FIG. 7 shows top views of several wick configurations. FIG. 7A shows the prior art wick having no wick opening, while FIGS. 7 B-D show embodiments of the present invention. FIG. 7B shows the opening 46 in the form of curved opening, while FIG. 7C shows the opening 46 in the form of a V-shaped notch. Generically we refer to the openings 46 of both FIGS. 7B and 7C as notches. These notches extend from the top surface (shown in FIG. 7 B-D) along the side of wick 44 and to bottom surface 45. Also shown in FIG. 7 B-D is the region 49 of the wick 44 that is configured to contact fluid reception port 18 of printhead chassis 10. Note from FIGS. 1 and 4 that fluid reception port 18 is round, while fluid discharge port 24 (and consequently wick 44) is oval-shaped. Wick opening 46 is provided along an edge of the wick and is not located in the region 49 configured to contact the fluid reception port 18. Note also from FIG. 6 that the location of the wick opening 46 can be important. In the example of FIG. 6, a vent path 48 that leads to lid vent opening 34 (via grooved pathway 32) is provided if wick vent opening 46 is located at the left side of wick 44 when the ink cartridge 20 is oriented in the configuration shown in FIG. 6. Thus, wick orientations similar to FIGS. 7B and 7C would be acceptable, but a wick oriented 180 degrees from those orientations would not provide a continuous vent path. Because assembly of the wicks 44 into their corresponding ports 24 in a single allowable orientation may introduce manufacturing complexities, a wick configuration as shown in FIG. 7D may be advantageous in some applications. In the configuration of FIG. 7D, wick openings 46 are symmetrically disposed at both ends of wick 44. In such a configuration it does not matter whether the wick is rotated or flipped over. A wick opening 46 will still be in an acceptable orientation to provide a vent path.

Although the examples above discuss embodiments in a multi-reservoir cartridge 20, it is to be understood that the same advantages apply to a single reservoir cartridge.

It is to be understood that the exemplary embodiments are merely illustrative of the present invention and that many variations of the above-described embodiments can be devised by one skilled in the art without departing from the scope of the invention. It is therefore intended that all such variations be included within the scope of the following claims and their equivalents.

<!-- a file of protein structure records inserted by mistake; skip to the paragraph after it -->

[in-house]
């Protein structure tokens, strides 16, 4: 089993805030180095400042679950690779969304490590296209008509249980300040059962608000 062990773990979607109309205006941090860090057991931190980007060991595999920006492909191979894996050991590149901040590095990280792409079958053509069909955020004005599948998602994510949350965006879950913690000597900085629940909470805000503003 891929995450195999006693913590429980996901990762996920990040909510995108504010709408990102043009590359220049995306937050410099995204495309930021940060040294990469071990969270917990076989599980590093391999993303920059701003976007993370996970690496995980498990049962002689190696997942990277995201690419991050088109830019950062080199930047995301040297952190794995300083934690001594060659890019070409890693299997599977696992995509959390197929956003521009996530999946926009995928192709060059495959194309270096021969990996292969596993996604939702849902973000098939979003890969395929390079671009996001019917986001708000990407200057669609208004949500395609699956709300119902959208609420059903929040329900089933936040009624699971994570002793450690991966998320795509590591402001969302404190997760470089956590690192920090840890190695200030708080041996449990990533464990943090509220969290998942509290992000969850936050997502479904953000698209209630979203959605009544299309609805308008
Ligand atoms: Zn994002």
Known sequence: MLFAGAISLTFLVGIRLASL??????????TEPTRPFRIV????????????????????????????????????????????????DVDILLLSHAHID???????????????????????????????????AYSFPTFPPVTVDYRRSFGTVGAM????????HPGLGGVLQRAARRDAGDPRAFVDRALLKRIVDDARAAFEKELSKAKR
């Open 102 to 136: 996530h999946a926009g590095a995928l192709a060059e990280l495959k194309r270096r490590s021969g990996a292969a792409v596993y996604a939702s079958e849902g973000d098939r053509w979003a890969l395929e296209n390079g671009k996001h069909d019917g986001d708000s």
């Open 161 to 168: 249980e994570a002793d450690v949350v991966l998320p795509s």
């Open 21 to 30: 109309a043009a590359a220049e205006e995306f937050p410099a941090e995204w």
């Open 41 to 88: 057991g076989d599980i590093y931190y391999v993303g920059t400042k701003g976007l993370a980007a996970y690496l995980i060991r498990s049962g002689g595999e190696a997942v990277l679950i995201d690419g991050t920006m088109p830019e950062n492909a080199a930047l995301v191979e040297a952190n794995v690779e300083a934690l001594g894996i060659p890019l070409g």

PARTS LIST
10 Printhead chassis
12 Region for multi-reservoir cartridge
14 Region for single reservoir cartridge
16 Partition
18 Fluid reception port
20 Multi-reservoir ink cartridge
22 Reservoir body
24 Fluid discharge port
26 Outer rim of fluid discharge port
30 Lid
32 Grooved pathway
34 Lid vent opening
36 Label
42 Capillary media
43 Bottom side of capillary media
44 Wick
45 Bottom surface of wick
46 Wick opening
48 Vent path
49 Wick region for contact with fluid reception port
50 Shipping cap seal assembly
52 Seal member
54 Cap seal retainer
56 Seal retainer lever
60 Direction arrow
62 Direction arrow

Patent Citations
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Non-Patent Citations
Reference
1Eastman Kodak Company Docket No. 92156, U.S. Appl. No. 11/491,884, filed: Jul. 24, 2006, entitled: Orientating Apparatus, by Brian J. Cashimere, et al.
Referenced by
Citing PatentFiling datePublication dateApplicantTitle
US20130314478 *22 May 201328 Nov 2013Seiko Epson CorporationCartridge and sealing member
EP2666637A222 May 201327 Nov 2013Seiko Epson CorporationCover and liquid container
EP2666638A222 May 201327 Nov 2013Seiko Epson CorporationCover and liquid container
EP2666639A222 May 201327 Nov 2013Seiko Epson CorporationCartridge and sealing member
Classifications
U.S. Classification347/86
International ClassificationB41J2/175
Cooperative ClassificationB41J2/17533
European ClassificationB41J2/175C5
Legal Events
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26 Nov 2013FPAYFee payment
Year of fee payment: 4
5 Sep 2013ASAssignment
Free format text: INTELLECTUAL PROPERTY SECURITY AGREEMENT (SECOND LIEN);ASSIGNORS:EASTMAN KODAK COMPANY;FAR EAST DEVELOPMENT LTD.;FPC INC.;AND OTHERS;REEL/FRAME:031159/0001
Effective date: 20130903
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Owner name: JPMORGAN CHASE BANK, N.A., AS ADMINISTRATIVE, DELA
Free format text: INTELLECTUAL PROPERTY SECURITY AGREEMENT (FIRST LIEN);ASSIGNORS:EASTMAN KODAK COMPANY;FAR EAST DEVELOPMENT LTD.;FPC INC.;AND OTHERS;REEL/FRAME:031158/0001
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Owner name: EASTMAN KODAK COMPANY, NEW YORK
Free format text: ASSIGNMENT OF ASSIGNORS INTEREST;ASSIGNORS:PEARSON, DOUGLAS H.;NEUMANN, STEPHEN M.;PETRANEK, DIANA C.;REEL/FRAME:018939/0731;SIGNING DATES FROM 20070223 TO 20070227